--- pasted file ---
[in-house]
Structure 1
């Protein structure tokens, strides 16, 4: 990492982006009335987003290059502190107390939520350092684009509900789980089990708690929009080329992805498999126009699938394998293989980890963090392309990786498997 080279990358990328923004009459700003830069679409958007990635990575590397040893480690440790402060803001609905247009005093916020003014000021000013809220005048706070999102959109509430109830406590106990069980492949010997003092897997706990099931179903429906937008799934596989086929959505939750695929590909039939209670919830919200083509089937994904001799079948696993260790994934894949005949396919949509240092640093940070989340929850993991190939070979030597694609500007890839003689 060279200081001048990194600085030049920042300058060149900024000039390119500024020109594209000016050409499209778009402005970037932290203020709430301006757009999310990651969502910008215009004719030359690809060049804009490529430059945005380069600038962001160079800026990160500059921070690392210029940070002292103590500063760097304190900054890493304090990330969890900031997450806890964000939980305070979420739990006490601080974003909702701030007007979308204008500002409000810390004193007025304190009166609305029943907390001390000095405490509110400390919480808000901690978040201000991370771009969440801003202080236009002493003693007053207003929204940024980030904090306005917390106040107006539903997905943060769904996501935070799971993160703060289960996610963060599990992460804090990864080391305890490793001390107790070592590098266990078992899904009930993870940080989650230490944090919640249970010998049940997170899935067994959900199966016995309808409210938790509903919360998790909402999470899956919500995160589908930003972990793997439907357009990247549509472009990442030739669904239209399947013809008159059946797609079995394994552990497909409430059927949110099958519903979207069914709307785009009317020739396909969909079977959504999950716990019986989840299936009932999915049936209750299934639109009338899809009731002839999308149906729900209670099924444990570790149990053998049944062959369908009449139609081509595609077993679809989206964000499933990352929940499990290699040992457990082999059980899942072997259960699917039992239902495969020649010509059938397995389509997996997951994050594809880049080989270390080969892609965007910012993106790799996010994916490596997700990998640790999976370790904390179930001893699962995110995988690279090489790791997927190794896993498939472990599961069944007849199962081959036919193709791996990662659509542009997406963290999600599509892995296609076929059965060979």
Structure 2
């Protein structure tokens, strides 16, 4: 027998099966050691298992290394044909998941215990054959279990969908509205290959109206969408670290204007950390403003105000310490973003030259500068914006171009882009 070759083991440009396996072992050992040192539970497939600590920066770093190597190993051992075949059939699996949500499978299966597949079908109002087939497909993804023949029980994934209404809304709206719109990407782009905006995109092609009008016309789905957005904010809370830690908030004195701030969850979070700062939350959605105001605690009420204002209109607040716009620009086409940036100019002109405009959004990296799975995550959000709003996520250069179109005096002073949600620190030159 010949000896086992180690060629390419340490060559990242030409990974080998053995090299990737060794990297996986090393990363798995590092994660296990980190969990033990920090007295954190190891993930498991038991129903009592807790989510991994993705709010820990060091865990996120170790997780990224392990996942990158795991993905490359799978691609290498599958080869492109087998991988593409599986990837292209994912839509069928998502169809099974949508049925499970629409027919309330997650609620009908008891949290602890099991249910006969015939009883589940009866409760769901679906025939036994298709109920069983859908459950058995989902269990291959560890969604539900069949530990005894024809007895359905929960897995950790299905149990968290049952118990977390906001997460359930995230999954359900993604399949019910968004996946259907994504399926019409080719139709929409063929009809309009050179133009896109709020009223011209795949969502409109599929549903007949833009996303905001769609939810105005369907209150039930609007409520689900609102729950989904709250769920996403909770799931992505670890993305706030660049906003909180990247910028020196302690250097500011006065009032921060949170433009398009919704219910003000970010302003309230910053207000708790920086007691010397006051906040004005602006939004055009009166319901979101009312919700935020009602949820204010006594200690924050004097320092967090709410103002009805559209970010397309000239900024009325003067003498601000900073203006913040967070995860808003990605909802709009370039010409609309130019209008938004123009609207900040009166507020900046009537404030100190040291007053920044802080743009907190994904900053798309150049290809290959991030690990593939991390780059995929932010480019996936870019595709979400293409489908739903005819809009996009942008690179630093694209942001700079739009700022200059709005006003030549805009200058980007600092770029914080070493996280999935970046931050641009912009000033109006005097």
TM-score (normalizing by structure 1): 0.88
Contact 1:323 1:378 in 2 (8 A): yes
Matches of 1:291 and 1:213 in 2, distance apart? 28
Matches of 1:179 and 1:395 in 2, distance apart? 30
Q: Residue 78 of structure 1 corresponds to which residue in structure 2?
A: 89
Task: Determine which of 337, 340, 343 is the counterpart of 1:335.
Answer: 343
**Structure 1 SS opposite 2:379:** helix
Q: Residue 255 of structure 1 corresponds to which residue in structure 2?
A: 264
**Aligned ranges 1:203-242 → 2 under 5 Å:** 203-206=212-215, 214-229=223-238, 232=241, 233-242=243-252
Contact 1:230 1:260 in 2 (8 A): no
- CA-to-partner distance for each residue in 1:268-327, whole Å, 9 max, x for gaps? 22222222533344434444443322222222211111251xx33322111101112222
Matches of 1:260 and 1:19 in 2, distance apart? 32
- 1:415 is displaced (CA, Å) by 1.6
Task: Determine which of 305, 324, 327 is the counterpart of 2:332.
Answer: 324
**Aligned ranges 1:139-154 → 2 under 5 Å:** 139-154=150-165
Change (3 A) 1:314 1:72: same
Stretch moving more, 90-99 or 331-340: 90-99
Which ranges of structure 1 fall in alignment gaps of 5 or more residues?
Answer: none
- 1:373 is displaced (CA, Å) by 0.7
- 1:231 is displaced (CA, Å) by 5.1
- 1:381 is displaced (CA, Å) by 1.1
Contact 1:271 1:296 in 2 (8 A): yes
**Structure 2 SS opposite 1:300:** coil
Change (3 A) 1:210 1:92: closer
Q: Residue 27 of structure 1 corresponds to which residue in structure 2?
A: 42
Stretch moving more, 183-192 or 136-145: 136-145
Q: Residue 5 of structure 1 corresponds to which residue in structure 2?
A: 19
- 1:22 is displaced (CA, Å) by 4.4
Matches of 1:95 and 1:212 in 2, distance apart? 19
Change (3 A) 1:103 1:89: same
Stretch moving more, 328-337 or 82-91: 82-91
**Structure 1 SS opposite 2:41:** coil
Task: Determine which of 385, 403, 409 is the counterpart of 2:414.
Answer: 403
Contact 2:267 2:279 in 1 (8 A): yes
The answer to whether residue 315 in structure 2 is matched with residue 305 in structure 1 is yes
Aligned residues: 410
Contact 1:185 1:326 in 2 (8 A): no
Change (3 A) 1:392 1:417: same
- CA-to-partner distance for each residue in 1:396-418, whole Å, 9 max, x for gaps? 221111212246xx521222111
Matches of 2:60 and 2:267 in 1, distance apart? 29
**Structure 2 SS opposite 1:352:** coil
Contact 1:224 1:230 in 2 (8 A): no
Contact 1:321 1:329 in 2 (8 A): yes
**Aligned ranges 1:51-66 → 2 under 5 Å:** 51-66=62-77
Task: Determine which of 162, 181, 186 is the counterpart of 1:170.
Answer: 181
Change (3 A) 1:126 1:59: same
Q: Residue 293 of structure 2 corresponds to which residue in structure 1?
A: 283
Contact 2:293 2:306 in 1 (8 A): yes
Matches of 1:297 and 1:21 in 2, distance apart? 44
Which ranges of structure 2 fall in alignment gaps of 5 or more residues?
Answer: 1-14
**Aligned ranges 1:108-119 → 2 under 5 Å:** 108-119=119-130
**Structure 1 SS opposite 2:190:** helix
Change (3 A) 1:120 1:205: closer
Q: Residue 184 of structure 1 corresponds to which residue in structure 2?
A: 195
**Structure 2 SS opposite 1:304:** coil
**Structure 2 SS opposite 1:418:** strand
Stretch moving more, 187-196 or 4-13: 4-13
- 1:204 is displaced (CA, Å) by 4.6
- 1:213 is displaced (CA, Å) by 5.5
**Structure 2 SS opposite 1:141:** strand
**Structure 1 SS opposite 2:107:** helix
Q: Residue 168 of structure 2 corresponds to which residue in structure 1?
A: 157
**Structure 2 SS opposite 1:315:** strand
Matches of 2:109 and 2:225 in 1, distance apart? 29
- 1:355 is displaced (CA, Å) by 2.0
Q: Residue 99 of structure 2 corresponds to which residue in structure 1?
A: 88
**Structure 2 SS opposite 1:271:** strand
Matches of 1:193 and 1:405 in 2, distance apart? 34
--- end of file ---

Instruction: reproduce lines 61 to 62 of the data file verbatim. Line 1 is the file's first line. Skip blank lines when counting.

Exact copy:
Q: Residue 293 of structure 2 corresponds to which residue in structure 1?
A: 283